5. 5. Heymann DL, Ghinai I, Johnson AM, Coltart CEM, Lindsey B. The Ebola outbreak, 2013–2016: old lessons for new epidemics. Philos Trans R Soc B Biol Sci. 2017;372: 20160297. pmid:28396469
  6. 6. Gates B. The next Epidemic-Lessons from Ebola. 2015; 1381–1384.
  7. 7. Jacobsen KH, Alonso Aguirre A, Bailey CL, Baranova A V., Crooks AT, Croitoru A, et al. Lessons from the ebola outbreak: Action items for emerging infectious disease preparedness and response. Ecohealth. 2016;13: 200–212. pmid:26915507
  8. 8. Alexander KA, Sanderson CE, Marathe M, Lewis BL, Rivers CM, Shaman J, et al. What factors might have led to the emergence of ebola in West Africa? PLoS Negl Trop Dis. 2015;9: 1–26. pmid:26042592
  9. 9. Bedrosian SR, Young CE, Smith LA, Cox JD, Manning C, Pechta L, et al. Lessons of Risk Communication and Health Promotion—West Africa and United States. MMWR Suppl. 2019;65(3):68–74.
  10. 10. World Health Organization. Implementation of the International Health Regulations (2005) Report of the Review Committee on Second Extensions for Establishing National Public Health Capacities and on IHR Implementation. 2015. Available: https://apps.who.int/iris/handle/10665/251717
  11. 11. Musoke R, Chimbaru A, Jambai A, Njuguna C, Kayita J, Bunn J, et al., A Public Health Response to a Mudslide in Freetown, Sierra Leone2017: Lessons Learnt. Disaster Med Public Health Prep. 2019. pmid:31422786
  12. 12. Njuguna C, Jambai A, Chimbaru A, Nordstrom A, Conteh R, Latt A, et al. Revitalization of integrated disease surveillance and response in Sierra Leone post Ebola virus disease outbreak. BMC Public Health. 2019;19: 1–11. pmid:30940125
  13. 13. Martin DW, Sloan ML, Gleason BL, de Wit L, Vandi MA, Kargbo DK, et al. Implementing Nationwide Facility-based Electronic Disease Surveillance in Sierra Leone: Lessons Learned. Heal Secur. 2020;18: S72–S80. pmid:32004124
  14. 14. Kanu H, Wilson K, Sesay-Kamara N, Bennett S, Mehtar S, Storr J, et al. Creation of a national infection prevention and control programme in Sierra Leone, 2015. BMJ Glob Heal. 2019;4: 1–6. pmid:31263590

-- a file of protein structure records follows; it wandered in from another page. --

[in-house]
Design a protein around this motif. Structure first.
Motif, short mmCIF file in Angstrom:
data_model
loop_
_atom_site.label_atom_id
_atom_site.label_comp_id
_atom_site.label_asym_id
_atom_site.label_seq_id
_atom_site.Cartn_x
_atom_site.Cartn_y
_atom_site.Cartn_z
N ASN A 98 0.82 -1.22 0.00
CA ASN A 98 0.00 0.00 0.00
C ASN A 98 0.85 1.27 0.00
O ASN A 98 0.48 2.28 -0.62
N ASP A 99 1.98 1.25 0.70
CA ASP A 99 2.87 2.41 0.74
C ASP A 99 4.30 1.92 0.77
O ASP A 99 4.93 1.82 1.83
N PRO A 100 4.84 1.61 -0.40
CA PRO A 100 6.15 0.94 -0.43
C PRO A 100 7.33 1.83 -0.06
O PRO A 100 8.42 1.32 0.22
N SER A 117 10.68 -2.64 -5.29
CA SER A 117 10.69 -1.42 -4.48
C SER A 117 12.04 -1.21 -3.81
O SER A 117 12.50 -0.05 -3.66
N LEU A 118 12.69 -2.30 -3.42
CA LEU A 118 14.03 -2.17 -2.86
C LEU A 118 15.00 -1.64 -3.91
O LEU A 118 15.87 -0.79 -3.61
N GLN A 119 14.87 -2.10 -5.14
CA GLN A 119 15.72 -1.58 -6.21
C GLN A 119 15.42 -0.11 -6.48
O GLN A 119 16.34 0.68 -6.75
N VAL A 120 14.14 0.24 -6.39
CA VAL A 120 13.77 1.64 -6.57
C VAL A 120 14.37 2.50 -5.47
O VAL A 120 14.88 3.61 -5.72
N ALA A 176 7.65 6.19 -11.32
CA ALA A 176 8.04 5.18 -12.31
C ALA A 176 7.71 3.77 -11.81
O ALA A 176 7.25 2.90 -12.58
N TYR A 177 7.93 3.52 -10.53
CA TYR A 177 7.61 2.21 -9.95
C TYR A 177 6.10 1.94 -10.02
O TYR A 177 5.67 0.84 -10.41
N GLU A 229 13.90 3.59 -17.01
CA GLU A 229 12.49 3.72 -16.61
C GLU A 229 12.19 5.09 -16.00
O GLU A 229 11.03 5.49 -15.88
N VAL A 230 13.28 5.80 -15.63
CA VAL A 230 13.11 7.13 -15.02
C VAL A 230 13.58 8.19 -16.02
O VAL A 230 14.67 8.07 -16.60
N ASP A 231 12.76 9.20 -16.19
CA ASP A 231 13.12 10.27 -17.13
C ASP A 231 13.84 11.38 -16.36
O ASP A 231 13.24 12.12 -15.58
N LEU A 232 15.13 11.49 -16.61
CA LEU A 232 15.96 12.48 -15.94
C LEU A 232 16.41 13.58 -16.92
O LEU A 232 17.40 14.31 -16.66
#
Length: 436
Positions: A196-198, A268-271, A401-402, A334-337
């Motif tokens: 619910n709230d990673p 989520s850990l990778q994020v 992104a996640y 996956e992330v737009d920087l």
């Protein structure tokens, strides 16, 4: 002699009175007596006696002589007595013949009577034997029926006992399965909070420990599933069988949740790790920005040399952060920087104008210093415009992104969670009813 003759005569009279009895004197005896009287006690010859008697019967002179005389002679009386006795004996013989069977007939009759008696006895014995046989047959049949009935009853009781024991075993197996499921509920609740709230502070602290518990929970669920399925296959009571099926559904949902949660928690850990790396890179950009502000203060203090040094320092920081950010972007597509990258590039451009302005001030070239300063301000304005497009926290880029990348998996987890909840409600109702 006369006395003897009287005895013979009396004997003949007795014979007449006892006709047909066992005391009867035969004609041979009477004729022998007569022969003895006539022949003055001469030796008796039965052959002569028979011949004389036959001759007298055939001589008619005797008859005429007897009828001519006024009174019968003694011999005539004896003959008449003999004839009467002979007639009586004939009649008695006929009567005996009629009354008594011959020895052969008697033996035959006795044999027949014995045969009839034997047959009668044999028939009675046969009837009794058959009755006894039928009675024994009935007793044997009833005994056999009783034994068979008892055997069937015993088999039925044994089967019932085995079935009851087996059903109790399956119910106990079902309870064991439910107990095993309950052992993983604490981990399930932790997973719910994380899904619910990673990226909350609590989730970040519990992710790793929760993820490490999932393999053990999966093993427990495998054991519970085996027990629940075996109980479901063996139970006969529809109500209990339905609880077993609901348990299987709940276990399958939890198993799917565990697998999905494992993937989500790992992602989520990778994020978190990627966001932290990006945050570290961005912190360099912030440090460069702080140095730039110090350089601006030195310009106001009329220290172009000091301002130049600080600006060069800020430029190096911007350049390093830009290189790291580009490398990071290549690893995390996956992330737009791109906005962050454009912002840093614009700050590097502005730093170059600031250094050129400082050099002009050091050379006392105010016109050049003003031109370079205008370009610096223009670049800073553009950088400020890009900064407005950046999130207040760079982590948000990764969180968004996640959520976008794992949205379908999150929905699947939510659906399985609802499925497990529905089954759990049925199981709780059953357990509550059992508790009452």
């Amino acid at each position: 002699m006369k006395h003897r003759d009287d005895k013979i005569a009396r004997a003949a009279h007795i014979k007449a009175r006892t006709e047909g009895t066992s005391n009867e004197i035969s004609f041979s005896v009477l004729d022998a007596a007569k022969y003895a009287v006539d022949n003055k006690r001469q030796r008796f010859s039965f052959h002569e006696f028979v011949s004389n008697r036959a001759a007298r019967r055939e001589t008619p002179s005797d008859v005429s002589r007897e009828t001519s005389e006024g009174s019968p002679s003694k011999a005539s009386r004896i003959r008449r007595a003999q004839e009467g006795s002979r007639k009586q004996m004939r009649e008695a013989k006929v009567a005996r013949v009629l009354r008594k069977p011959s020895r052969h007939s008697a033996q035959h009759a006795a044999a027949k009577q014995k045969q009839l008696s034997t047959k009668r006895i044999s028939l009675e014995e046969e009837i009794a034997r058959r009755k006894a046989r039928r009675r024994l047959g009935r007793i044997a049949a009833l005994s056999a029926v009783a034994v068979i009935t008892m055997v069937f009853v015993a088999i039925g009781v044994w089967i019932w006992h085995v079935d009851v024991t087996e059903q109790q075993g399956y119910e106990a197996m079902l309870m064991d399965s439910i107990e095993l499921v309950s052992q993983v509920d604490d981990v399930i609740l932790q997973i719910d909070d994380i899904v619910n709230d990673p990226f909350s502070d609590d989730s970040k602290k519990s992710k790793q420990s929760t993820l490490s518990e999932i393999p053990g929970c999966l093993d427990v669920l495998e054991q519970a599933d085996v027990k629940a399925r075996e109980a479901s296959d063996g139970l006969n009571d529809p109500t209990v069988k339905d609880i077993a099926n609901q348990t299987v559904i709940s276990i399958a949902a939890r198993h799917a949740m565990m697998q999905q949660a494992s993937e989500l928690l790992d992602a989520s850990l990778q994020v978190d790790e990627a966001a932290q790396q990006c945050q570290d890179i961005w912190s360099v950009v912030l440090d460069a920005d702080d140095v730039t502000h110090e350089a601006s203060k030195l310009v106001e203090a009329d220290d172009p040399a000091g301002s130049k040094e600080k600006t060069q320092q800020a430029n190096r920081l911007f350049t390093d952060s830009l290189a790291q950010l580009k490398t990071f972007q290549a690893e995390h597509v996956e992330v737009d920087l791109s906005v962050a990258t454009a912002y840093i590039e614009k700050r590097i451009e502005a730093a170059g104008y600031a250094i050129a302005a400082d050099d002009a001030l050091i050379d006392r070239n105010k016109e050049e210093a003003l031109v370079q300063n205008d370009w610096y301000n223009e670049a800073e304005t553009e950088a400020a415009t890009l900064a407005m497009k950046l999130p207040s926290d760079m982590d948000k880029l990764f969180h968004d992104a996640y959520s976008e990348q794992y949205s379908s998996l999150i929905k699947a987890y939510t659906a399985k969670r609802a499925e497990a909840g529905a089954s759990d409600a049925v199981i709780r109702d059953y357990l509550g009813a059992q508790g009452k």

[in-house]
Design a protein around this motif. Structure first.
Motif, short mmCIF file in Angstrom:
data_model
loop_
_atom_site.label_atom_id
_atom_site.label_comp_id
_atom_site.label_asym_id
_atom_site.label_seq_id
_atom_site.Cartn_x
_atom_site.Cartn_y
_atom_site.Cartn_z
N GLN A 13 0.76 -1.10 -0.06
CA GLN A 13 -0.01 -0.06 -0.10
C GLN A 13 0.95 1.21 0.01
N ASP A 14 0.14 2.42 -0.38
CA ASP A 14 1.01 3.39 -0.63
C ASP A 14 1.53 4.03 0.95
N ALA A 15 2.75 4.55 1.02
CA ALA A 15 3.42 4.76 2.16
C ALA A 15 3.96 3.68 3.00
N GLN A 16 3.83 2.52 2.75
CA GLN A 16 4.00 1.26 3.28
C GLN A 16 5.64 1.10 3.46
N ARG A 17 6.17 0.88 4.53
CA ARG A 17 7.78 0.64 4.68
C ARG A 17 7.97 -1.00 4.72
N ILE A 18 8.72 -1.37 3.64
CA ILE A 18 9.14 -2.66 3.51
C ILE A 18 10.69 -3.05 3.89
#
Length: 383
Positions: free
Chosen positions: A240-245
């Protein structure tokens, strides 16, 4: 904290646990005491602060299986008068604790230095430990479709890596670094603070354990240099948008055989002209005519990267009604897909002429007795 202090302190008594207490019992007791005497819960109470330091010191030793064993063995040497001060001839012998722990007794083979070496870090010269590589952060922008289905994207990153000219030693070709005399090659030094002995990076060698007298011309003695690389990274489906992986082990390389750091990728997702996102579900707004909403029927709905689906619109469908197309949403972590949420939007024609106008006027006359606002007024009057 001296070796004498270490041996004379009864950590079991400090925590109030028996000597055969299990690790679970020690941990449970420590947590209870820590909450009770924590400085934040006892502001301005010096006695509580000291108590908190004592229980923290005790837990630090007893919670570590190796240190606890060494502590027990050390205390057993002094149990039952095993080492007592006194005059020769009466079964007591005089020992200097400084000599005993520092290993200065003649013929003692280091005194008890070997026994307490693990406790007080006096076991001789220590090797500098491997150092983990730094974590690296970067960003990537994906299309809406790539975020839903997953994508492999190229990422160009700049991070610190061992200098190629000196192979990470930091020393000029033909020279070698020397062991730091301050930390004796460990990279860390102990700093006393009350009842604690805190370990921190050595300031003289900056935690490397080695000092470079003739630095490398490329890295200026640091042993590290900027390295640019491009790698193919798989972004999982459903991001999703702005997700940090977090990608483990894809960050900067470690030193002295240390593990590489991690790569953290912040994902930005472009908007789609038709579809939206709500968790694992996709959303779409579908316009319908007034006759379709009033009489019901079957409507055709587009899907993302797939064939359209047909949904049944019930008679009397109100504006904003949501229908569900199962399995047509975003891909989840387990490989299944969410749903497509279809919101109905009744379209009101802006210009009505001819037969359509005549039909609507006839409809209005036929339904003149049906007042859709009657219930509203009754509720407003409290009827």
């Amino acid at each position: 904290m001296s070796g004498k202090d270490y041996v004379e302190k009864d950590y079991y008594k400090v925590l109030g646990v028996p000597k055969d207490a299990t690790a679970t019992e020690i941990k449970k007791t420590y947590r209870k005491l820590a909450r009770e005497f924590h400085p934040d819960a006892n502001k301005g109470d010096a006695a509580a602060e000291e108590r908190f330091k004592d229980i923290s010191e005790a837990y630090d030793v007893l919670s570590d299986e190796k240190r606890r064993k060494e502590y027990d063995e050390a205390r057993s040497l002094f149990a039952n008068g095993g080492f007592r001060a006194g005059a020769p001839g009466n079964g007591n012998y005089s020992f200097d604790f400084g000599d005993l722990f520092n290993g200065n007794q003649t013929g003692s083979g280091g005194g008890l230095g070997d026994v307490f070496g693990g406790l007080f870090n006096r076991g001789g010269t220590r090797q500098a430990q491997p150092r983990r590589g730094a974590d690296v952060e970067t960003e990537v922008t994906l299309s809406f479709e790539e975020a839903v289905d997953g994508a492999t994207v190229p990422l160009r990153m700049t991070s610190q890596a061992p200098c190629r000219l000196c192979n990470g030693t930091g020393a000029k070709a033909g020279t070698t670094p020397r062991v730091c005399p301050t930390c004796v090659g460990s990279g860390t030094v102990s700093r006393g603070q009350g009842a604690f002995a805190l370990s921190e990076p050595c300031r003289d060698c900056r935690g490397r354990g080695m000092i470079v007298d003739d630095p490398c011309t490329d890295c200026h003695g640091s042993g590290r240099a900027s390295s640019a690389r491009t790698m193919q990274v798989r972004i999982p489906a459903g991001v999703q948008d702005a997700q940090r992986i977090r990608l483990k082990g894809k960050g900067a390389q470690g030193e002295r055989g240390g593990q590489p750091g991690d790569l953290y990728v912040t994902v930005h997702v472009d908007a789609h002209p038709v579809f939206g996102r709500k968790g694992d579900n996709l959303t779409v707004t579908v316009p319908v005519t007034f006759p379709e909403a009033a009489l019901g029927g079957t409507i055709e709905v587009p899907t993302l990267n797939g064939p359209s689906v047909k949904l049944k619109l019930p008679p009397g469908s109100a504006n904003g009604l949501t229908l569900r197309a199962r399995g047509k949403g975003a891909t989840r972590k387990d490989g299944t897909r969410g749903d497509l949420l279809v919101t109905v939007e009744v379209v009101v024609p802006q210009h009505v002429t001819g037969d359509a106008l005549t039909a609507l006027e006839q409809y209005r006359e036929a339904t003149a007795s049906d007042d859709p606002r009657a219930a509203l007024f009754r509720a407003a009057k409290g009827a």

15. 15. U.S Embassy Sierra Leone. U.S. Centers for Disease Control and Prevention, and WHO Conduct Full Scale Simulation Exercise “Operation Lion Mountain” [Internet]. 2019 [cited 2021 Nov 6]. Available from: https://sl.usembassy.gov/u-s-centers-for-disease-control-and-prevention-and-who-conduct-full-scale-simulation-exercise-operation-lion-mountain/
  16. 16. Unah L. Nigeria struggles with largest recorded Lassa fever outbreak [Internet]. 2020 [cited 2021 Nov 6]. Available from: https://www.devex.com/news/nigeria-struggles-with-largest-recorded-lassa-fever-outbreak-96773
  17. 17. Fisher-Hoch SP, Tomori O, Nasidi A, Perez-Oronoz GI, Fakile Y, Hutwagner L MJ. Review of cases of nosocomial Lassa fever in Nigeria: the high price of poor medical practice. BMJ. 1995;311: 1993–1995.
  18. 18. Pathmanathan I O’connor KA, Adams ML, Rao CY, Kilmarx PH, Park BJ, et al. Rapid assessment of Ebola infection prevention and control needs—Six districts, Sierra Leone, October 2014. Morb Mortal Wkly Rep. 2014;63: 1172–1174. pmid:25503922
  19. 19. Schoepp RJ, Rossi CA, Khan SH, Goba A, Fair JN. Undiagnosed acute viral febrile illnesses, Sierra Leone. Emerg Infect Dis. 2014;20: 1176–1182. pmid:24959946
  20. 20. Afayo R, Buga M, Alege JB, Akugizibwe P, Atuhairwe C, Taremwa IM. Performance of Epidemic Preparedness and Response Committees to Disease Outbreaks in Arua District, West Nile Region. J Environ Public Health. 2019;2019. pmid:30853995
  21. 21. Sun M, Xu N, Li C, Wu D, Zou J, Wang Y, et al. The public health emergency management system in China: Trends from 2002 to 2012. BMC Public Health. 2018;18: 1–9. pmid:29642902